At a time when sportbike sales are declining worldwide, Ducati took on a double challenge: develop and launch the hottest-performing, most expensive superbike in its history while ending production of its most powerful V-twin, the Panigale 1299, into which the company’s greatest tradition had been poured.
As motorcyclists, we sometimes identify ourselves with a specific brand in the name of often-irrational ties: sound, look, and, above all, force of a given technical tradition. Ducati’s 90-degree V-twins have accumulated enormous momentum in those areas, beginning with the special victory with the 750 Supersport at Imola in 1972.
There were good reasons to expect the Panigale V4 might have to elbow its way to real success in a difficult market to duly repay the massive investments its development, validation, and homologation demanded, let alone the effort required to set up new molds, tooling, and assembly lines.
Turns out, Ducati CEO Claudio Domenicali hit the nail on the head. Five months after delivery of the first flaming-red V-4 superbike, sales are hovering around maximum production potential. Apparently, the motorcycling community perceives Ducati as the Ferrari of two wheels—a symbol of engineering supremacy, be it two or four cylinders.
If this positive start is confirmed in future months, the Panigale V4 may one day be recognized as motorcycling’s ultimate success story, thanks in part to its unique MotoGP-derived engine. As you can see here, no compromises were made at any step, from the first sketches to the tooling and production of each component for final assembly.
Ducati V-4 Engine Assembly Line
The Story of the Project Panigale V4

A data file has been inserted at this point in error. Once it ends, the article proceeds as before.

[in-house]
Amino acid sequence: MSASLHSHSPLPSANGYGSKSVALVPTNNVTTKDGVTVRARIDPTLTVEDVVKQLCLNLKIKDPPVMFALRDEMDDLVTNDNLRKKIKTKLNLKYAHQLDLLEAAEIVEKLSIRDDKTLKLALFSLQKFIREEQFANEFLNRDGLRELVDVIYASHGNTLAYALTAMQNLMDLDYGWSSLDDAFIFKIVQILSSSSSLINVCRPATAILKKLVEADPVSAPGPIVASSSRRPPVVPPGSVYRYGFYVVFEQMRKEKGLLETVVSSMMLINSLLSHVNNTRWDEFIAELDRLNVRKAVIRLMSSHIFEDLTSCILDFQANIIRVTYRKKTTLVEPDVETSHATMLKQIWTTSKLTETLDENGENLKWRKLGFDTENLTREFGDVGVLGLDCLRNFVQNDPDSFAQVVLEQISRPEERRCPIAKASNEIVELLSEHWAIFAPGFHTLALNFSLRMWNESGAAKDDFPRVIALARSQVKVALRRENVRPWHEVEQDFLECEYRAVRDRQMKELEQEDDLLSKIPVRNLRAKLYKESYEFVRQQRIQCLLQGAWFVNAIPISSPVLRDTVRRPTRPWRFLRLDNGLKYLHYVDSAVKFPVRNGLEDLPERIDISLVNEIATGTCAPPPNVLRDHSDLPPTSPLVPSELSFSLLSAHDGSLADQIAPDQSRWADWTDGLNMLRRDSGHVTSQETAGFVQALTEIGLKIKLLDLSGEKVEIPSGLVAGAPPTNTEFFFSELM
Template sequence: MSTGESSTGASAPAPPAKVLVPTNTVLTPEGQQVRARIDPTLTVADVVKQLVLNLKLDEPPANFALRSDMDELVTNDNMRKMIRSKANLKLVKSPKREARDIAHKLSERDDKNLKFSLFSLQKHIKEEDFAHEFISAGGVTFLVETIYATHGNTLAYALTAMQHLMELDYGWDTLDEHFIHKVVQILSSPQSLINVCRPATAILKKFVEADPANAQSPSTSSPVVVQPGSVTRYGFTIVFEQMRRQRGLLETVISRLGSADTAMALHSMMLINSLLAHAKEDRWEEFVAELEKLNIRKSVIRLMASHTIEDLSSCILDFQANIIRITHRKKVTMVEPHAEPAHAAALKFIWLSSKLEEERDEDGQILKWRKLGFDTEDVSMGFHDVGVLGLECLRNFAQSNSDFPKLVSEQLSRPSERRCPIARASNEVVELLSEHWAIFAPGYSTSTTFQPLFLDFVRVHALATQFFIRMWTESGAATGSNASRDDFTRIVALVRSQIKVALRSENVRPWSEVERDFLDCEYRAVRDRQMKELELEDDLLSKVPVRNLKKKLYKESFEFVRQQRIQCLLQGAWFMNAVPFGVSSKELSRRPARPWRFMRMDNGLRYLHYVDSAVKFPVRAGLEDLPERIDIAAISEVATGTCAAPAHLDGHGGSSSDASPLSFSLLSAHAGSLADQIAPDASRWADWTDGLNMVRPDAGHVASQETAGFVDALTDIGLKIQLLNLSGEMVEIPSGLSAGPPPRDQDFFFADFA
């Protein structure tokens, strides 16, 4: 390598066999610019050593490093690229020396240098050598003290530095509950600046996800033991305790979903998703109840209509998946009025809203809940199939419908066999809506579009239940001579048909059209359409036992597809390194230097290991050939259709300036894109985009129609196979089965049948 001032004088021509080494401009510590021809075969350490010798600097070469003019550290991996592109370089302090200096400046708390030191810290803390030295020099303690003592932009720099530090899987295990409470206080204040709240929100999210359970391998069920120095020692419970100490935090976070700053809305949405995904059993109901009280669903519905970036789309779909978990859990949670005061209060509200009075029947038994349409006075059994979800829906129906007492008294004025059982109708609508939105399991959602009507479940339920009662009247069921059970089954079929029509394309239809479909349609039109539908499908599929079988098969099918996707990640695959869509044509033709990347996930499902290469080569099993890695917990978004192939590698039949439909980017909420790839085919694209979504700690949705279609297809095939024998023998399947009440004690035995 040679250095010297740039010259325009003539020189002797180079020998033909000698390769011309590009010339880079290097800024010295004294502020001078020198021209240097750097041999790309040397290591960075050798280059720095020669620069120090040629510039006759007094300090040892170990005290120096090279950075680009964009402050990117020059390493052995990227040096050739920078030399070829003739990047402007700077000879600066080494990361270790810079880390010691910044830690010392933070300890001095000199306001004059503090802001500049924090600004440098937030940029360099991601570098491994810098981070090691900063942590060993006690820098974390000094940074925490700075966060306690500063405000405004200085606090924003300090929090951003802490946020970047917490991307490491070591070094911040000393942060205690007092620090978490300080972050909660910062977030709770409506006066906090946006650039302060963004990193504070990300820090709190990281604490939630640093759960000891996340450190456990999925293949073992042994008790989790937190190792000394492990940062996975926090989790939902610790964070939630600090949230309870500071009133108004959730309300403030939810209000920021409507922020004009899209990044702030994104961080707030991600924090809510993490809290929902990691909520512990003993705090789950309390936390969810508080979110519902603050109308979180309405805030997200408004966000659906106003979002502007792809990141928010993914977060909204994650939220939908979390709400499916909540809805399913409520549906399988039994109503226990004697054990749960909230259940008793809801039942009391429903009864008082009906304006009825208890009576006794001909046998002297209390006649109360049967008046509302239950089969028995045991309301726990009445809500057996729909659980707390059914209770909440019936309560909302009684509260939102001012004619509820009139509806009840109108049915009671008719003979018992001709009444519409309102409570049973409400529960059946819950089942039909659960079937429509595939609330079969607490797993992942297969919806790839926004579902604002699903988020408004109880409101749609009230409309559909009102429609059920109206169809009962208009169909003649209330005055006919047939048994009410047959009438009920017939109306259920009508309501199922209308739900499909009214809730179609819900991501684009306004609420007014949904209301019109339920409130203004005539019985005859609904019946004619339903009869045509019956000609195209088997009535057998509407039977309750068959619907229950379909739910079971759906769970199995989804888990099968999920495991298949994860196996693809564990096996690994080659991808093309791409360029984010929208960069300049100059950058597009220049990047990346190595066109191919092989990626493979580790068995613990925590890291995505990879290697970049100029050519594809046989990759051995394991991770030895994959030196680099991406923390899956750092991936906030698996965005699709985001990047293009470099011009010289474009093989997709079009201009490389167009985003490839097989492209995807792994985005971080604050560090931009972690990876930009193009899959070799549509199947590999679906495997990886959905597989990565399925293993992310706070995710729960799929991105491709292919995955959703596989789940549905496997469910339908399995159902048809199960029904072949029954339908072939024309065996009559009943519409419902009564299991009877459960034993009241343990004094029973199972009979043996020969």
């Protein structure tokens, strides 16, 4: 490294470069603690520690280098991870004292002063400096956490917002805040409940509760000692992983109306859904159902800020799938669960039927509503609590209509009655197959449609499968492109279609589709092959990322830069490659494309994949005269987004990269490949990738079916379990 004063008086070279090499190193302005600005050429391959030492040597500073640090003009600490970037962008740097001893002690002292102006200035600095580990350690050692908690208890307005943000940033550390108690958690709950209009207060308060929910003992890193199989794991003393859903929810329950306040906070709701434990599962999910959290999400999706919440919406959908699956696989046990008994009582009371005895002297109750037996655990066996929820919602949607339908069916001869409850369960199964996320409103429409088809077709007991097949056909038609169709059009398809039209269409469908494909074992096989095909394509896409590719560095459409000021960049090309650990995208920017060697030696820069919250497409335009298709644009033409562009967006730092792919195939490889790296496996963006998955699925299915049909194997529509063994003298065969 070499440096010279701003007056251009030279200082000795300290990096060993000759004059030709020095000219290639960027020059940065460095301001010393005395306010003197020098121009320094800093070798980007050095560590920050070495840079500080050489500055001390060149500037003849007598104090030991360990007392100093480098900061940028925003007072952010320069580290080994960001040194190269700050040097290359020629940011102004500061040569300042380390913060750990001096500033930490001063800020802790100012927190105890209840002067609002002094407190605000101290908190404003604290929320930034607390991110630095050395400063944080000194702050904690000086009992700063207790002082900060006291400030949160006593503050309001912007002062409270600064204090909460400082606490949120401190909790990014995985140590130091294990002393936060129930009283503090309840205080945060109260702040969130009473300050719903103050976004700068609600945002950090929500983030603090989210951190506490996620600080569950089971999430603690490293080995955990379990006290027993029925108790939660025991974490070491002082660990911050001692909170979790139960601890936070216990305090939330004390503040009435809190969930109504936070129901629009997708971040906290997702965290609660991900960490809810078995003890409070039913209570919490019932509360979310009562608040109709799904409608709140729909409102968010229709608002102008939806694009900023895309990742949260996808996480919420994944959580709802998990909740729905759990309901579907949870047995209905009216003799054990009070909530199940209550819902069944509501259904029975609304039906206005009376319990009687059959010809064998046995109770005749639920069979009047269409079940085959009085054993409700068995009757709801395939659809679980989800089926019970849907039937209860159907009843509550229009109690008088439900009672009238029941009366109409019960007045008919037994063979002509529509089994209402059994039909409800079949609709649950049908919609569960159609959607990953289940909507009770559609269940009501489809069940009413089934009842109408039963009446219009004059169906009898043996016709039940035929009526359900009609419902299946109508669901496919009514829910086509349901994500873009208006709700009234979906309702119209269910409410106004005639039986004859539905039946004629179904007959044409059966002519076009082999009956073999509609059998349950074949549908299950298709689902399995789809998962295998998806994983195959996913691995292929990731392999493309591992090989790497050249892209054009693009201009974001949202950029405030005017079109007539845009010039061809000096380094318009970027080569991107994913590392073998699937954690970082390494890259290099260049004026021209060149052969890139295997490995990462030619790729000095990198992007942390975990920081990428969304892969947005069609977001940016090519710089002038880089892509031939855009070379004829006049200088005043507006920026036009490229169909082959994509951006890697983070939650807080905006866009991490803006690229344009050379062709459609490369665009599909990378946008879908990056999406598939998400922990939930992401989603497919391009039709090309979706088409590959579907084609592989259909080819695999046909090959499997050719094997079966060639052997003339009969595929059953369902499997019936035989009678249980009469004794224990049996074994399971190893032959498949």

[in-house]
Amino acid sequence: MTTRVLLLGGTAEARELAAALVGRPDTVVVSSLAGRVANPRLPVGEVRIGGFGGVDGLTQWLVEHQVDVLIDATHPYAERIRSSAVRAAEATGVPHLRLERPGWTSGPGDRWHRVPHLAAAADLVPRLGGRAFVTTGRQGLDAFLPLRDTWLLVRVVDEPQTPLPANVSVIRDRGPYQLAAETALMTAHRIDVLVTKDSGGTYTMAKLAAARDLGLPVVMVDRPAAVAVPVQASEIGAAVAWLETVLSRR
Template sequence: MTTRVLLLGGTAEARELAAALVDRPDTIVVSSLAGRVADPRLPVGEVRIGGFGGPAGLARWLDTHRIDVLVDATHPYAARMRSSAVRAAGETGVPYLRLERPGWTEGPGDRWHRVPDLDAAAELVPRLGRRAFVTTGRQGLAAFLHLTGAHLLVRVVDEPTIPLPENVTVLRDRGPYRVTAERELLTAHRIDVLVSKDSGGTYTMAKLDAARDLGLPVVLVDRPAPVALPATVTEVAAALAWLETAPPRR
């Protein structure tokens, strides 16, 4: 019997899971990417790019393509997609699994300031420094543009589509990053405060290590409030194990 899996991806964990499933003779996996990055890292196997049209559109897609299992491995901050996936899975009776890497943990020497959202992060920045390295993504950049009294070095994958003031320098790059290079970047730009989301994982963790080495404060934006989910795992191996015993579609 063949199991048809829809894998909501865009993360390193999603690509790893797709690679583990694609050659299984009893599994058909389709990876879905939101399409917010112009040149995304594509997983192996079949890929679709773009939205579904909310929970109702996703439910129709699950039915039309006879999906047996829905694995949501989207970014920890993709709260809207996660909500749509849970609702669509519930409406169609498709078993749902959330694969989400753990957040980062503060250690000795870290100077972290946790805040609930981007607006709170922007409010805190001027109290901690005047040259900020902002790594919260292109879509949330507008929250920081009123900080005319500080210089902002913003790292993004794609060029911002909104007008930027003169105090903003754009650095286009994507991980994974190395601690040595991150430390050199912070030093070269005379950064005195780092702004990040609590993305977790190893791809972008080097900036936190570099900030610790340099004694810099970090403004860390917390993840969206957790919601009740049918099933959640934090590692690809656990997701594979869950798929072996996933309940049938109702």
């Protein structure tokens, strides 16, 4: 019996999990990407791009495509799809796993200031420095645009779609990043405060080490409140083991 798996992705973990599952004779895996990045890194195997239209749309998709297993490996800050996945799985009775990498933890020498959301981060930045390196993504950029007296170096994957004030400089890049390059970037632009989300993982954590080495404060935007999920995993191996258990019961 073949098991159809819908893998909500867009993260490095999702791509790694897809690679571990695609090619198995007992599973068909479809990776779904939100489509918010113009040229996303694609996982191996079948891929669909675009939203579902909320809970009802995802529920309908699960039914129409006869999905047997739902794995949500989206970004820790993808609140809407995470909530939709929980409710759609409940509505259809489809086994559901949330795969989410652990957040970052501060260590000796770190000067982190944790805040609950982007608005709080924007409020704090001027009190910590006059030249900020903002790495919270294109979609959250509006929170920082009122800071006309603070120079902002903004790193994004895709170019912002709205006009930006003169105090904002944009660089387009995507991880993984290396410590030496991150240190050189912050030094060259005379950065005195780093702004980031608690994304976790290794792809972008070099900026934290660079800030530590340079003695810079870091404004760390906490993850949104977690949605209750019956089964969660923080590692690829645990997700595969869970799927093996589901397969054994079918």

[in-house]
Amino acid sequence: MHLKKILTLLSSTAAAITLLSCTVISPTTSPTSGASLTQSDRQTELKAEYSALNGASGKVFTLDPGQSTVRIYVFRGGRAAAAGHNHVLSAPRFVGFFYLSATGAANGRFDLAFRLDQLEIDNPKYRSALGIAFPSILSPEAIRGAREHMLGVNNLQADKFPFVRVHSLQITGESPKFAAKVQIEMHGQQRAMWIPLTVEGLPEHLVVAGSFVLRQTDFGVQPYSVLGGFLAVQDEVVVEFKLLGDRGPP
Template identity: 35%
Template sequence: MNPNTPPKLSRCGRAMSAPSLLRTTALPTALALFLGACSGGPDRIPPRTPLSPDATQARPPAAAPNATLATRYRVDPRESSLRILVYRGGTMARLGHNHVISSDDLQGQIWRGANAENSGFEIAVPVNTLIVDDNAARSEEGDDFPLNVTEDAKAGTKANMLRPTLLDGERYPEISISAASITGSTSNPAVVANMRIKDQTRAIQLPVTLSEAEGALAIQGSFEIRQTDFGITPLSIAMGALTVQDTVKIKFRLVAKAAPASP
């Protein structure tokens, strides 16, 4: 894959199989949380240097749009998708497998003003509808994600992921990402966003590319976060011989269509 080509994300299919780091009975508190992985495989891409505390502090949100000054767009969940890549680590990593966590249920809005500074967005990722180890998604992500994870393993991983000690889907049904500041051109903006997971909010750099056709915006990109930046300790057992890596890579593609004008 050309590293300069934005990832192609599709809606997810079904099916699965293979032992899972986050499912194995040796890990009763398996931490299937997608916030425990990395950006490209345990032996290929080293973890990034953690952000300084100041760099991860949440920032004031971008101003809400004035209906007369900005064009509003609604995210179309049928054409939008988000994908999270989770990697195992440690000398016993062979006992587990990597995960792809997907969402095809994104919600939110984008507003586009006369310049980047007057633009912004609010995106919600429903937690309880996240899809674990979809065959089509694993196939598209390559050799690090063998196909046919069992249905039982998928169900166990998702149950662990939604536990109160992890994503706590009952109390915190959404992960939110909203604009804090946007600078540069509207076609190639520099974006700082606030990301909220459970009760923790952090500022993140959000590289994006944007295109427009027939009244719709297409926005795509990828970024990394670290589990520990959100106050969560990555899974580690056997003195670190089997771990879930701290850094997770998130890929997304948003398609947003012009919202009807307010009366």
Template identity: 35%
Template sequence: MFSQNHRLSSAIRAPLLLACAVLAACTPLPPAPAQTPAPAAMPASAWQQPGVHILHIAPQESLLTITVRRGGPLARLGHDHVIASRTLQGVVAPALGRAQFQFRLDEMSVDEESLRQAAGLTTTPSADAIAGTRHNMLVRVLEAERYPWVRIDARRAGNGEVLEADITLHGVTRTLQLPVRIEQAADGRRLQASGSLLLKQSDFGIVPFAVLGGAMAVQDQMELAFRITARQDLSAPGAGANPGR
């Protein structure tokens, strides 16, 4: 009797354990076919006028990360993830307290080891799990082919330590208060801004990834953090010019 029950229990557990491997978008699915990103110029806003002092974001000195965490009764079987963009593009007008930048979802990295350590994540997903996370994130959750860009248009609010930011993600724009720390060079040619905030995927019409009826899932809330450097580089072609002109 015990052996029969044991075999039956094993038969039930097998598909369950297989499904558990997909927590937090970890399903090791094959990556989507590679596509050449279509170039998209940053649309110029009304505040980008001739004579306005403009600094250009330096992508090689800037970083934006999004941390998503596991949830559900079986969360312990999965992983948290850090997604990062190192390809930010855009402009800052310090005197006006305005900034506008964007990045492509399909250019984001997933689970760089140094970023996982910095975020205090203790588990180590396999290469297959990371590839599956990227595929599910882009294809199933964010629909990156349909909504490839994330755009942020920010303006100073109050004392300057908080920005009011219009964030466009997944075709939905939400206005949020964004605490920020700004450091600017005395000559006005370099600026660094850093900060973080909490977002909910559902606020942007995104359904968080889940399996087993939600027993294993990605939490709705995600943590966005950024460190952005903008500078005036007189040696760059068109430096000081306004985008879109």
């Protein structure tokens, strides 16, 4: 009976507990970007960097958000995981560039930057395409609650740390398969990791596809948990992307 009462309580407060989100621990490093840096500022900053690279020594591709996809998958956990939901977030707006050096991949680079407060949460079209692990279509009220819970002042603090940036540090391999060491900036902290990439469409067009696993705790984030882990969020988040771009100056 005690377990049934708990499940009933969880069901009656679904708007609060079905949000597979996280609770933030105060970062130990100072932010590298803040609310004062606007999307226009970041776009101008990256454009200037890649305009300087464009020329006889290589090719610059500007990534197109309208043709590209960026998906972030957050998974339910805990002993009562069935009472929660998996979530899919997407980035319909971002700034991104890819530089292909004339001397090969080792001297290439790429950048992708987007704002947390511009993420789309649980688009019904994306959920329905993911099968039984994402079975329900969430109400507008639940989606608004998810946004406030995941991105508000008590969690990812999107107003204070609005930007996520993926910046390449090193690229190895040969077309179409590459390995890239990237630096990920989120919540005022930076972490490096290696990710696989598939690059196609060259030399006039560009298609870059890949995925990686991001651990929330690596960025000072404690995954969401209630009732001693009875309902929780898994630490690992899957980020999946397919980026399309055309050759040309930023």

The longitudinal compactness of the V-4 translates in a mass that is much easier to properly locate inside a motorcycle frame to obtain a correctly biased weight distribution. The forward protrusion of the horizontal cylinder in the V-twin forces the front wheel away from the center of gravity. To compensate, a rather longish swingarm is adopted. That never happened because there was a tendency to keep the wheelbase short for maximum agility. But this always caused, in my opinion, a less-than-ideal weight-distribution bias and consequently all Ducati chassis had a tendency to understeer exiting corners. It is interesting to note that while the Panigale 1199 lived on a wheelbase spanning 56.5 inches, the Panigale V4 rides on a 57.8-inch wheelbase. Not only is the new V-4 more compact, consequently allowing the front wheel to be moved backward, closer to the center of gravity, but it has a much-longer swingarm—23.6 inches, 3.0 longer than that of the 1199. Rule of thumb suggests that the center of gravity here is located at least 4.0 inches forward of where it is on the Panigale 1199. And that made a big difference determining an announced 54.5 front/45.5 rear weight distribution, never seen before on a Ducati.